MBA/LAW Team Members Already Using Their Newly Honed Negotiation Skills

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Although they didn’t earn top-standing in this year’s international negotiation challenge, UConn’s team of MBA and Law students were champions nevertheless.

“This experience has already impacted my work,” said MBA-candidate Jasdeep Singh. “I am currently Head of Operations and Marketing for 3BC LLC and we are in the midst of a negotiation that has been months in the making.

“Had I not been through my negotiations class and this competition, my approach in our real-world negotiation would have been very different. I would have tried to move too quickly, gotten into offer-counteroffer volleys, focused more on the outcome of the contract and missed the importance of the process and relationship we all needed to build coming out of the negotiation process,” he said.

Singh participated in The Negotiation World Championship for Students with law-student teammates Kelly MacCluen and Sam Gagnon. The team completed five rounds of negotiations, each requiring a different set of strategies and tools.

“The Negotiation Challenge is an invaluable experience giving students the opportunity to figure out how to collaborate and use their strengths in a team with other negotiators,” said management professor Nora Madjar, who advises the team with law professor Jessica Rubin. “In some negotiations, the team will excel by focusing mostly on the relationship and on creating a mutually beneficial outcome, in others what matters is the ability to claim a larger piece of the pie. It is important to be adaptive and flexible, and, at the same time, confident and firm, and these skills can only be acquired through practice.”

In addition, the challenge gave the UConn team the opportunity to experience cross-cultural issues in negotiations, Madjar said. “While we hear about them and can prepare based on our knowledge of different cultural characteristics, only when facing very different teams from very different countries one can sharpen their awareness and understanding of cross-cultural differences and their ability to manage them.”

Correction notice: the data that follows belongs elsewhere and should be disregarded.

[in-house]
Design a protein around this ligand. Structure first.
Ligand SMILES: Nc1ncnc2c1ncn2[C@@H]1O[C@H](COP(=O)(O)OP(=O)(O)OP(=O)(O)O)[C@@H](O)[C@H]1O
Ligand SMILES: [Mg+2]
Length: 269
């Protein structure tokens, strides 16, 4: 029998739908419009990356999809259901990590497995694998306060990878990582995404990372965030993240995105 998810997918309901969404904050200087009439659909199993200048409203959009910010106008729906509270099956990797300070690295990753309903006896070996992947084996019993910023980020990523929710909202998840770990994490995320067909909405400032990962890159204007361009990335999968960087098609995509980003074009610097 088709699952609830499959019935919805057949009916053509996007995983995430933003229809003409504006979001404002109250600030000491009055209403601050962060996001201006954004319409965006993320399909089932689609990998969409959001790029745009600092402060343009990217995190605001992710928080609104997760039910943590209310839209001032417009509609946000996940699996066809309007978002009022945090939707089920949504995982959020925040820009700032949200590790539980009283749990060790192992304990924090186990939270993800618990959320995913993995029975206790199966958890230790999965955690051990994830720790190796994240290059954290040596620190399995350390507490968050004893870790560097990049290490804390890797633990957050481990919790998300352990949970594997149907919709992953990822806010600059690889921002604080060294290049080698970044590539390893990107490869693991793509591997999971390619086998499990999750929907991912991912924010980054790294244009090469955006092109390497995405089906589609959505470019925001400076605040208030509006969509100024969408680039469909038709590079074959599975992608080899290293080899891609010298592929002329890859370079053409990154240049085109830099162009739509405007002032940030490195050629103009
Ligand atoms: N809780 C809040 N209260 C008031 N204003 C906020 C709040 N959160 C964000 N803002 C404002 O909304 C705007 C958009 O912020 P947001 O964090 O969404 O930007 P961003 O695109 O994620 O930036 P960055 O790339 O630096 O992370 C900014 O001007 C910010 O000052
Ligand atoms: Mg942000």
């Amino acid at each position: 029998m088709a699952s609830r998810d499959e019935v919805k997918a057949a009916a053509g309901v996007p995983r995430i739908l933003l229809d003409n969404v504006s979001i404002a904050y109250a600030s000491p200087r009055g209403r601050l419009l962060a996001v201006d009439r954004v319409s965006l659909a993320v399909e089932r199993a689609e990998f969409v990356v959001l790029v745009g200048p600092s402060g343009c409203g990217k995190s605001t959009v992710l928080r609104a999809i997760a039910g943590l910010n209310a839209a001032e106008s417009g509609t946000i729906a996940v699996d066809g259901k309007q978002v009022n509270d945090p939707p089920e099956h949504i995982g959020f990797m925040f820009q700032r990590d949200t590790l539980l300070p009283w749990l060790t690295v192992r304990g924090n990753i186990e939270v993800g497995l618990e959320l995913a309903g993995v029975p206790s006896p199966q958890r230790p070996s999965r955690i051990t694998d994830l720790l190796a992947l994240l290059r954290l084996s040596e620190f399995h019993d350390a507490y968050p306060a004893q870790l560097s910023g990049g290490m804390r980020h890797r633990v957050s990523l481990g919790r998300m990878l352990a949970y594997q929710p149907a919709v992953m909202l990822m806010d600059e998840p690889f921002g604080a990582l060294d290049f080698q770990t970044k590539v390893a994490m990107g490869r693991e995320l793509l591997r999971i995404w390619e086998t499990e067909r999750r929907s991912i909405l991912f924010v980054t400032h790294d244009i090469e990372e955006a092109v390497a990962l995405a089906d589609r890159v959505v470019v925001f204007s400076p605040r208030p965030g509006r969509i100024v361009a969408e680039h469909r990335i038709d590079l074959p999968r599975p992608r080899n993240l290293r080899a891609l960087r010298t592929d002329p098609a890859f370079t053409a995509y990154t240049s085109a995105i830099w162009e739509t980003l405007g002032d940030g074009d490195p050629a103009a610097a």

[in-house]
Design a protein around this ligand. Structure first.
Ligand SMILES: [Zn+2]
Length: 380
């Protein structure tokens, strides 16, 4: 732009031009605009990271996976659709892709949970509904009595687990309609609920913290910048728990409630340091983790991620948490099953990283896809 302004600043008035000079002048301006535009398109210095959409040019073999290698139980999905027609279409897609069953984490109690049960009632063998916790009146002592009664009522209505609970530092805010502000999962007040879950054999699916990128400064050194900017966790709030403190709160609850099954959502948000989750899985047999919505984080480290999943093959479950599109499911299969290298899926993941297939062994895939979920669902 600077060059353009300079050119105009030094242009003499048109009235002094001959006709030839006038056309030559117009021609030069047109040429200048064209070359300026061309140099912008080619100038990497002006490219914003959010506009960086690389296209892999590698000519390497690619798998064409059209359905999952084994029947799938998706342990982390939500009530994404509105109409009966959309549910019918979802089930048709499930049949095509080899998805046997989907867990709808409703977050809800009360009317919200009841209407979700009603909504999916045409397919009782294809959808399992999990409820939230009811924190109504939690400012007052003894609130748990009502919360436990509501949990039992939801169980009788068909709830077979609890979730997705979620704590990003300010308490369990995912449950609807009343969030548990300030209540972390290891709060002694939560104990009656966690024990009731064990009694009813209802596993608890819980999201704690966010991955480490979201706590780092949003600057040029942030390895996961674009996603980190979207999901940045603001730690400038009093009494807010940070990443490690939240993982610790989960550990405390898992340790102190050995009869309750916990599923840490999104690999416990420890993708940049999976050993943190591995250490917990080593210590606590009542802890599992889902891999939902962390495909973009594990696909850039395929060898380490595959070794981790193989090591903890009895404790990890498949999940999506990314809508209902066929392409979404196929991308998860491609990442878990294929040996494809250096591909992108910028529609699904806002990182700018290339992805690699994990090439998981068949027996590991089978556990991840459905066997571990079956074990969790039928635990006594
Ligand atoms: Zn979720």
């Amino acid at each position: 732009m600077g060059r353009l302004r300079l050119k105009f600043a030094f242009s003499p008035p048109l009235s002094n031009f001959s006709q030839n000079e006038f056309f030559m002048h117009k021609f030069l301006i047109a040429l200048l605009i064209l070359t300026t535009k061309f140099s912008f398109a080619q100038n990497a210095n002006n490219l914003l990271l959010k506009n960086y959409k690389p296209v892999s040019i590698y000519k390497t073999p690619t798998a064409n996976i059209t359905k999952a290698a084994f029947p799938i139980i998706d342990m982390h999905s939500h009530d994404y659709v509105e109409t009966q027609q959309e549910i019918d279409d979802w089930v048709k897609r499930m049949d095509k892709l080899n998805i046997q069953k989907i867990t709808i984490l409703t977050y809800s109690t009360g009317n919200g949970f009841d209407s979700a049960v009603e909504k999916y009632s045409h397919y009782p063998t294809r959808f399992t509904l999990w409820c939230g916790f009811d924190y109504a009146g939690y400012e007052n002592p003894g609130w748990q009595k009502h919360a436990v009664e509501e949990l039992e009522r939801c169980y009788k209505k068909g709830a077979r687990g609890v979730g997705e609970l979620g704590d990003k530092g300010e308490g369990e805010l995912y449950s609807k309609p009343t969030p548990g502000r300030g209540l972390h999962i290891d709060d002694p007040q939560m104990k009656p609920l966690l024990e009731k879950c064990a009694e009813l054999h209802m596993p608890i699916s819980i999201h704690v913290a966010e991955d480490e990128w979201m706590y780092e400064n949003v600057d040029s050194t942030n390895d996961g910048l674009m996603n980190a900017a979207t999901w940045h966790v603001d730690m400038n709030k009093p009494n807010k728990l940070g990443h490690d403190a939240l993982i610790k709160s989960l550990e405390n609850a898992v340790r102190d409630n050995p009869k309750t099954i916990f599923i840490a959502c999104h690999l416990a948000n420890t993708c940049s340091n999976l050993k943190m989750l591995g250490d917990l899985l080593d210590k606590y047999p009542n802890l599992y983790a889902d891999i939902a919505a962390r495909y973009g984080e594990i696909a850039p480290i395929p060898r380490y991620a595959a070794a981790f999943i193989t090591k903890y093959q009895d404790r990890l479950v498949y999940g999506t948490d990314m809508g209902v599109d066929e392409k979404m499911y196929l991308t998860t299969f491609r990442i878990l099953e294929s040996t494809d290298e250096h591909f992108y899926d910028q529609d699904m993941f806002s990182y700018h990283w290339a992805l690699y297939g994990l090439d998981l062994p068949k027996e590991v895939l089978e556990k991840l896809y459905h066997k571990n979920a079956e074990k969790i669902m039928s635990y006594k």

“My biggest takeaway from this experience is how much better a negotiator I am with a team,” Singh said. “We complemented one another’s styles well, were very trusting of one another, and agreed to prep hard before any negotiation. With so much involved in a negotiation, where the relationships among the parties and context of the negotiation are as important as some of the actual numbers, I would’ve thought a team, especially a virtual one, would make the process cumbersome.”

“Instead, having three very different people with different perspectives and backgrounds come together with a well understood goal, to perform well, and process, work hard and communicate often, made me feel stronger in each round and actually enjoy the journey that much more,” he said.

Singh had nothing but praise for his teammates and their abilities.

“Kelly is an expert in hearing others out and understanding their points of view and motivations,” he said. “Her optimistic attitude, calm demeanor during negotiations, and ability to play the peacemaker always drew out the best from our team.”

“Sam’s immaculate preparation and honesty and candor during negotiations helped us navigate complex offers,” he continued. “He excels in keeping the team, and the whole negotiation process, focused in order to maintain a productive and positive conversation.”